However, I firmly believe it makes sense to require a miracle. The Bible was written at least 1900 years ago, in a vastly different culture, with almost no way for us nowadays to truly verify the validity of these anecdotal stories written by the followers of that religion. We need to see the power of God at work today, to verify events of 2000 years ago and to test the claims that the Bible makes.

I used to think I saw the evidence of Jesus’ power all around me. But the more I noticed that my faith (and that of others) could be explained by psychology, and the more I saw the contradictions between the claims of the Bible and the actual world, the more I needed a supernatural revelation. It was a slow but increasing scream for a ‘touch of providence’. And at some point, there was that last straw that broke the camel’s back, which ultimately led me into non-theism. (but I’ll save that for another time).

Is it cultural baggage you are dropping?

I wasn’t surrounded by non-Christians who had a vastly different culture, in which it would have been easier to drop my Christian cultural baggage. Quite the contrary: I had mostly missionaries around me. It provided me with very little, if any, benefits to drop Christianity.

Is there truth out there? Why should there be?

I like to define truth as ‘a statement that is in accordance with reality’. So truth is merely a label, but there is certainly a reality. Through reason and evidence we can get closer to that reality, and thereby increase ‘truth’. Also, by definition almost, human beings can never fully know reality, and thereby never have the full truth.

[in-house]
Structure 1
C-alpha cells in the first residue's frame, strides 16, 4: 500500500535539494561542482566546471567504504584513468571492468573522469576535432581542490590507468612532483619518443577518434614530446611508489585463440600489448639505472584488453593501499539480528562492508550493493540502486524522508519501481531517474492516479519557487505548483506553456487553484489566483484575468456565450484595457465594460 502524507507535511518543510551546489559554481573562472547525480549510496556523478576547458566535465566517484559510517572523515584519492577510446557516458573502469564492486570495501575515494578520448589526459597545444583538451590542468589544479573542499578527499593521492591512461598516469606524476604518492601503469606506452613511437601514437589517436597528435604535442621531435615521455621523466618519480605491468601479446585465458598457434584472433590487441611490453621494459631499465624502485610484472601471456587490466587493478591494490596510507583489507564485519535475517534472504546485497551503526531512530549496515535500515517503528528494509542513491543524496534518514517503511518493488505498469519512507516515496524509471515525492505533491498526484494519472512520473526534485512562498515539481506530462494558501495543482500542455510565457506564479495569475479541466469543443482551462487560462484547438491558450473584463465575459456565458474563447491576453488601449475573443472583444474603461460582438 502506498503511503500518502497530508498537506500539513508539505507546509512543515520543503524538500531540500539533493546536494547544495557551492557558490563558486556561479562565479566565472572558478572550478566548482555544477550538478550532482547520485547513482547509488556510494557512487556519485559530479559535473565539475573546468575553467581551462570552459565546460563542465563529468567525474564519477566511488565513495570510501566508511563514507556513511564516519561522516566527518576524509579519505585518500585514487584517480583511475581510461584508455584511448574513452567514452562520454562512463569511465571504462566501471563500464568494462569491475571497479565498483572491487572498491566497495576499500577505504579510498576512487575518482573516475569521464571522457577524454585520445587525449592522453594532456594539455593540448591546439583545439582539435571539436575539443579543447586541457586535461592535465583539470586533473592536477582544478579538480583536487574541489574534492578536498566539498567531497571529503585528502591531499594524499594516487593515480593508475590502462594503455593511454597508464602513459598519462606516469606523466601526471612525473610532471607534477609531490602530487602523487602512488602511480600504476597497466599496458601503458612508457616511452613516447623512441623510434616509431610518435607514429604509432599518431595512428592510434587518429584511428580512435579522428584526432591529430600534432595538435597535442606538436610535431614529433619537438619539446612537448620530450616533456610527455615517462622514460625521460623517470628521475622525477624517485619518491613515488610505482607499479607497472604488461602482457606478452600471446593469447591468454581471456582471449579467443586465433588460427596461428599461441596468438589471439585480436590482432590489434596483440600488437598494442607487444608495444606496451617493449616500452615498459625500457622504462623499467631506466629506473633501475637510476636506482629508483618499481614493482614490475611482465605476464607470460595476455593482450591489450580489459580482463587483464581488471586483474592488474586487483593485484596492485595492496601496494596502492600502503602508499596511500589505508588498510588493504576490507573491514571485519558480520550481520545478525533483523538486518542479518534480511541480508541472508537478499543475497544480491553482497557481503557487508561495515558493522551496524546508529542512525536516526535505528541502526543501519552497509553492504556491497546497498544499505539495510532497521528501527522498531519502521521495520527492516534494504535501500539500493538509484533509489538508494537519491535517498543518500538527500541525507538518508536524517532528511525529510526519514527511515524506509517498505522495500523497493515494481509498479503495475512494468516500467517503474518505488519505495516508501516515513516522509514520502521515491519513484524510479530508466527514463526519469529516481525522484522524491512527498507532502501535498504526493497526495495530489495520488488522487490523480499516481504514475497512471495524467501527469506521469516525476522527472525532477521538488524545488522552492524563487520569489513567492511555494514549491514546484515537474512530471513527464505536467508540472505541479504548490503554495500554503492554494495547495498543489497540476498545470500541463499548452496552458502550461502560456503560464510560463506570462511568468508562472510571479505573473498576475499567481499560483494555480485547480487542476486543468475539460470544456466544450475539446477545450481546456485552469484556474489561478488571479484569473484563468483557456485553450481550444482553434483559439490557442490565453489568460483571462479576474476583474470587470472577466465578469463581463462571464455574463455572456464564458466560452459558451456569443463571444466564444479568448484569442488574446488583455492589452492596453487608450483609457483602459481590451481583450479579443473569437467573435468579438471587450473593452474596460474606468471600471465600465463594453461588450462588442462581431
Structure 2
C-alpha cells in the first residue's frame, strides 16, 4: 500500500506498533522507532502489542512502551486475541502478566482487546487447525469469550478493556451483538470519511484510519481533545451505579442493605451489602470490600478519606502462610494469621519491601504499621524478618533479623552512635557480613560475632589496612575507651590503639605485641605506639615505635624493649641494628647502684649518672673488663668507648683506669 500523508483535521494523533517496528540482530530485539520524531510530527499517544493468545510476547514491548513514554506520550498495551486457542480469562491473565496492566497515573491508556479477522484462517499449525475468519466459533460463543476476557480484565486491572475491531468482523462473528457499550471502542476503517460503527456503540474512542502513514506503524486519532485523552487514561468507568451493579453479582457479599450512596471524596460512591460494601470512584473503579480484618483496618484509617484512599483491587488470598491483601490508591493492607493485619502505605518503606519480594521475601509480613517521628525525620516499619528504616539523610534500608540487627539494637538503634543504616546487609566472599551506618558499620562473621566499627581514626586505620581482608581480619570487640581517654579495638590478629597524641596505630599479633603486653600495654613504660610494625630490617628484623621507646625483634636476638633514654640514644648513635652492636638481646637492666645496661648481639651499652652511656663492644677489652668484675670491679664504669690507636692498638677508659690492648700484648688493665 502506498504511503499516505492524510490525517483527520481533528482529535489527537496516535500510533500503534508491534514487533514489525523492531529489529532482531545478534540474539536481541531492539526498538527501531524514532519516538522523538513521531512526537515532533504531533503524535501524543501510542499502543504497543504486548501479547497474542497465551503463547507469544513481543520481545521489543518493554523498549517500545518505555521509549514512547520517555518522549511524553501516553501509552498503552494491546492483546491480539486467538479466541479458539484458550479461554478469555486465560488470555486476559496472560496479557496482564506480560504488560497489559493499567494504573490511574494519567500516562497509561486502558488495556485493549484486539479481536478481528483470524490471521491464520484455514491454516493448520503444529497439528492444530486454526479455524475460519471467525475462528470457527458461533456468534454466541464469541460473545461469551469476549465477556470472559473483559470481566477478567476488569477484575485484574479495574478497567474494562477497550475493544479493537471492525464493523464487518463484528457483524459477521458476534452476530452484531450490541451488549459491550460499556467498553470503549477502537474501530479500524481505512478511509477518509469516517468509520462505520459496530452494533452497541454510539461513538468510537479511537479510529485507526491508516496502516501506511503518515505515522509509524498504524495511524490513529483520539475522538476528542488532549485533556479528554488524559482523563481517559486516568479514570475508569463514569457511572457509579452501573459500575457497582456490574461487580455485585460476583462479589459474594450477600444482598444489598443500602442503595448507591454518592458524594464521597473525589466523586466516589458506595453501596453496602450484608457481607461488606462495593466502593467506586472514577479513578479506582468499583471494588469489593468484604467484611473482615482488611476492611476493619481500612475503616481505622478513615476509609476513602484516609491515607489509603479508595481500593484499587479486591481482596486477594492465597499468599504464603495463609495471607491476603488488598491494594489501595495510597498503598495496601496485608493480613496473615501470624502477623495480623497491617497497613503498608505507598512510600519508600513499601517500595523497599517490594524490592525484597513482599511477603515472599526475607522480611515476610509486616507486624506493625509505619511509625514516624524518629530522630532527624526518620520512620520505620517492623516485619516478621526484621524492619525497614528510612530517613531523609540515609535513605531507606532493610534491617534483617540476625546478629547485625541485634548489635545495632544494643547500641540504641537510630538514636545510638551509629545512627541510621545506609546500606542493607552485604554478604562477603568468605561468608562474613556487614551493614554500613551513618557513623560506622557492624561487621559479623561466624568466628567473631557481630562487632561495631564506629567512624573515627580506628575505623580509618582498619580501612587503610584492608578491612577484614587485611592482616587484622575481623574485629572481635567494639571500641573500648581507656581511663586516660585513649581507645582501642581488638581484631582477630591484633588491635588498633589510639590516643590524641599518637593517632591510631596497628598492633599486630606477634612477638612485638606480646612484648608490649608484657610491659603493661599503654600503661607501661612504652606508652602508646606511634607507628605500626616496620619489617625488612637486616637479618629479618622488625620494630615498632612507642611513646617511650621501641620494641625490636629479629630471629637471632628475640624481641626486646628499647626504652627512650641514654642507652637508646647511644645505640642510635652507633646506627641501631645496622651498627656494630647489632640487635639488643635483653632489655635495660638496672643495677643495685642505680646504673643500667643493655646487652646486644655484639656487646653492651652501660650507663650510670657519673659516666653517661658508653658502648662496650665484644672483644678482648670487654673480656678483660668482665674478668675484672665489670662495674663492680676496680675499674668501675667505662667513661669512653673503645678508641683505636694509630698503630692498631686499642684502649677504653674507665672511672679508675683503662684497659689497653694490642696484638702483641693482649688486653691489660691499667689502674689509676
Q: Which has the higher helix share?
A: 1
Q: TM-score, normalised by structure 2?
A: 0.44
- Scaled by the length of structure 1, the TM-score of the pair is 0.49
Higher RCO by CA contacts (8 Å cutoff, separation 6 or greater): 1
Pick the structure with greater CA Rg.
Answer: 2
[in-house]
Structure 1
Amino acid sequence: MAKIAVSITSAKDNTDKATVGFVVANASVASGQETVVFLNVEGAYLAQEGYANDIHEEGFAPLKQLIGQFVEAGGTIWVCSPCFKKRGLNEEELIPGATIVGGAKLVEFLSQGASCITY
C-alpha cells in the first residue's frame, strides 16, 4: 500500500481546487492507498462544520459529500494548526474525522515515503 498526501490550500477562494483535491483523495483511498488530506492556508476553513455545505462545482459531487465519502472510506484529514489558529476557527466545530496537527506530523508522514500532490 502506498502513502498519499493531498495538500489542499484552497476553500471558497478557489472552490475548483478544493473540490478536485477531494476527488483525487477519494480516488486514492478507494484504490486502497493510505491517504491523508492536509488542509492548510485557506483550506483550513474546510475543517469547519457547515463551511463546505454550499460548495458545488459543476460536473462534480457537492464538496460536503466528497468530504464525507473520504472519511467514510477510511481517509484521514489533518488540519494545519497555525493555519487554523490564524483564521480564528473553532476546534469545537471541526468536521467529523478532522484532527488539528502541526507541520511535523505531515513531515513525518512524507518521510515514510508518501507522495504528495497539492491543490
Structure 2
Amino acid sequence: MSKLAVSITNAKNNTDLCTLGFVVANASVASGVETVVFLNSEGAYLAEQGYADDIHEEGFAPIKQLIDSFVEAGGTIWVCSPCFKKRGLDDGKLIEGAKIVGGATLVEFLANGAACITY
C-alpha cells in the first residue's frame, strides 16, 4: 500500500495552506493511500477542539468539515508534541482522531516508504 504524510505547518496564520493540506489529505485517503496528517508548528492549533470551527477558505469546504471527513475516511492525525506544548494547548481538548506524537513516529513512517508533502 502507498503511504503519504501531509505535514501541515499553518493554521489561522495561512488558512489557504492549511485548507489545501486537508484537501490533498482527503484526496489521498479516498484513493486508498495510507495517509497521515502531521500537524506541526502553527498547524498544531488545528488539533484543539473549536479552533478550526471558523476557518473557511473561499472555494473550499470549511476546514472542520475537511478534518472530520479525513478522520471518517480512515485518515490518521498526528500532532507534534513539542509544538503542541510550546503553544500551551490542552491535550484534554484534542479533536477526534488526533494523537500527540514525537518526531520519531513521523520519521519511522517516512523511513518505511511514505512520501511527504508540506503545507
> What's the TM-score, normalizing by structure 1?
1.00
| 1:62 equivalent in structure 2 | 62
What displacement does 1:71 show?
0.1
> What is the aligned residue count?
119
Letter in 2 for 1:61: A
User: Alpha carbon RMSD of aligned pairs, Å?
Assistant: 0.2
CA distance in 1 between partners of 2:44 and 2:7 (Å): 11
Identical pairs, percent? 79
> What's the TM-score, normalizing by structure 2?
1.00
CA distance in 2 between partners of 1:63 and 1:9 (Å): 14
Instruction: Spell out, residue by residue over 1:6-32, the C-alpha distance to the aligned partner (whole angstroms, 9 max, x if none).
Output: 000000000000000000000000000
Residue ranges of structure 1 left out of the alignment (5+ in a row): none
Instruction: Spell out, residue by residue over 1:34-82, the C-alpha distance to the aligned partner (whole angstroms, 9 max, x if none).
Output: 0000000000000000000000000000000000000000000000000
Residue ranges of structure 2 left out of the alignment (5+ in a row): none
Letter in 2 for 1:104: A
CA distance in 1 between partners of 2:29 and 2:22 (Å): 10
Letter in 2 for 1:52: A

Have you read authors who have had similar experiences? Peter Rollins, John D Caputo, Peter Enns, et al

No, not those. How are their experiences similar? These authors all seem to be ‘progressive’ Christians now.

I have not encountered many authors who were once deeply committed Christians, then completely left the faith and branded themselves agnostic/atheist, and then returned to faith after a substantial amount of time. On the other hand, there are thousands who were once born-again, committed Christians like me, and have now completely left the faith. Out of convenience I used to regard them as either non-sincere in their faith, or heavily deluded. Now I see that they were often just as sincere as I was, and had a huge struggle to leave their faith behind because they didn’t want to let go.